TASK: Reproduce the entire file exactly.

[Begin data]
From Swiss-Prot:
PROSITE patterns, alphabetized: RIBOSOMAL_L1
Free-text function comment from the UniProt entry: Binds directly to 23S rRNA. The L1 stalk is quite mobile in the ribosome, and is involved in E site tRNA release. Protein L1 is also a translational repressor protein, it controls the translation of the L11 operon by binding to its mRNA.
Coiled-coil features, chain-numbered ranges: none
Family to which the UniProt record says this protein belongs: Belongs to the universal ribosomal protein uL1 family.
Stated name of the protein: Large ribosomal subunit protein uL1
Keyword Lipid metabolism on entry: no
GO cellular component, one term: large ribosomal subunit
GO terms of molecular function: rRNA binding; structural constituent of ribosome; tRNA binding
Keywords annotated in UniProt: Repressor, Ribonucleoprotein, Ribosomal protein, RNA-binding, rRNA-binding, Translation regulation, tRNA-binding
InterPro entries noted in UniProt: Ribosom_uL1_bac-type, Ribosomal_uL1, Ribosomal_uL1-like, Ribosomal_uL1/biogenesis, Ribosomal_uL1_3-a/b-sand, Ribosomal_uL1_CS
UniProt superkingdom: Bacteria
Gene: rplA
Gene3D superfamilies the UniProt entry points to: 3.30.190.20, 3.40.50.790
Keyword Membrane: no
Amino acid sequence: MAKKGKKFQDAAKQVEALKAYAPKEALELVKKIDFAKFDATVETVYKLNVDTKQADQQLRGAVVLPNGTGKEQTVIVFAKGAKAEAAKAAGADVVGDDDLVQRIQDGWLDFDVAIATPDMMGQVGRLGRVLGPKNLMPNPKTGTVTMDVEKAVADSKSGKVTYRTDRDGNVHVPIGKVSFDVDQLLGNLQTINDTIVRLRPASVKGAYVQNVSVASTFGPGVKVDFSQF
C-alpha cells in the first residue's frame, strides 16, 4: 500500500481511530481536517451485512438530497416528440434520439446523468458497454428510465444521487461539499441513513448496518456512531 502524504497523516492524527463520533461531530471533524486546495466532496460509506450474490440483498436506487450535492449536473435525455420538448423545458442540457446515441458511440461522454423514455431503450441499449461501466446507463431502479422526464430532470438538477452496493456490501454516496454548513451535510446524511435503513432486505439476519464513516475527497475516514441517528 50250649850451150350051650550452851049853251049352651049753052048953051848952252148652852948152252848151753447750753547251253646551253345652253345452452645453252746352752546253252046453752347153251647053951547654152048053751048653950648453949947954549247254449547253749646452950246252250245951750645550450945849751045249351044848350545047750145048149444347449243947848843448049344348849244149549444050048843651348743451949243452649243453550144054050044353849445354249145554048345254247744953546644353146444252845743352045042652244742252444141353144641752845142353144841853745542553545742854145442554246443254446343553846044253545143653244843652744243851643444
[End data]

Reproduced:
From Swiss-Prot:
PROSITE patterns, alphabetized: RIBOSOMAL_L1
Free-text function comment from the UniProt entry: Binds directly to 23S rRNA. The L1 stalk is quite mobile in the ribosome, and is involved in E site tRNA release. Protein L1 is also a translational repressor protein, it controls the translation of the L11 operon by binding to its mRNA.
Coiled-coil features, chain-numbered ranges: none
Family to which the UniProt record says this protein belongs: Belongs to the universal ribosomal protein uL1 family.
Stated name of the protein: Large ribosomal subunit protein uL1
Keyword Lipid metabolism on entry: no
GO cellular component, one term: large ribosomal subunit
GO terms of molecular function: rRNA binding; structural constituent of ribosome; tRNA binding
Keywords annotated in UniProt: Repressor, Ribonucleoprotein, Ribosomal protein, RNA-binding, rRNA-binding, Translation regulation, tRNA-binding
InterPro entries noted in UniProt: Ribosom_uL1_bac-type, Ribosomal_uL1, Ribosomal_uL1-like, Ribosomal_uL1/biogenesis, Ribosomal_uL1_3-a/b-sand, Ribosomal_uL1_CS
UniProt superkingdom: Bacteria
Gene: rplA
Gene3D superfamilies the UniProt entry points to: 3.30.190.20, 3.40.50.790
Keyword Membrane: no
Amino acid sequence: MAKKGKKFQDAAKQVEALKAYAPKEALELVKKIDFAKFDATVETVYKLNVDTKQADQQLRGAVVLPNGTGKEQTVIVFAKGAKAEAAKAAGADVVGDDDLVQRIQDGWLDFDVAIATPDMMGQVGRLGRVLGPKNLMPNPKTGTVTMDVEKAVADSKSGKVTYRTDRDGNVHVPIGKVSFDVDQLLGNLQTINDTIVRLRPASVKGAYVQNVSVASTFGPGVKVDFSQF
C-alpha cells in the first residue's frame, strides 16, 4: 500500500481511530481536517451485512438530497416528440434520439446523468458497454428510465444521487461539499441513513448496518456512531 502524504497523516492524527463520533461531530471533524486546495466532496460509506450474490440483498436506487450535492449536473435525455420538448423545458442540457446515441458511440461522454423514455431503450441499449461501466446507463431502479422526464430532470438538477452496493456490501454516496454548513451535510446524511435503513432486505439476519464513516475527497475516514441517528 50250649850451150350051650550452851049853251049352651049753052048953051848952252148652852948152252848151753447750753547251253646551253345652253345452452645453252746352752546253252046453752347153251647053951547654152048053751048653950648453949947954549247254449547253749646452950246252250245951750645550450945849751045249351044848350545047750145048149444347449243947848843448049344348849244149549444050048843651348743451949243452649243453550144054050044353849445354249145554048345254247744953546644353146444252845743352045042652244742252444141353144641752845142353144841853745542553545742854145442554246443254446343553846044253545143653244843652744243851643444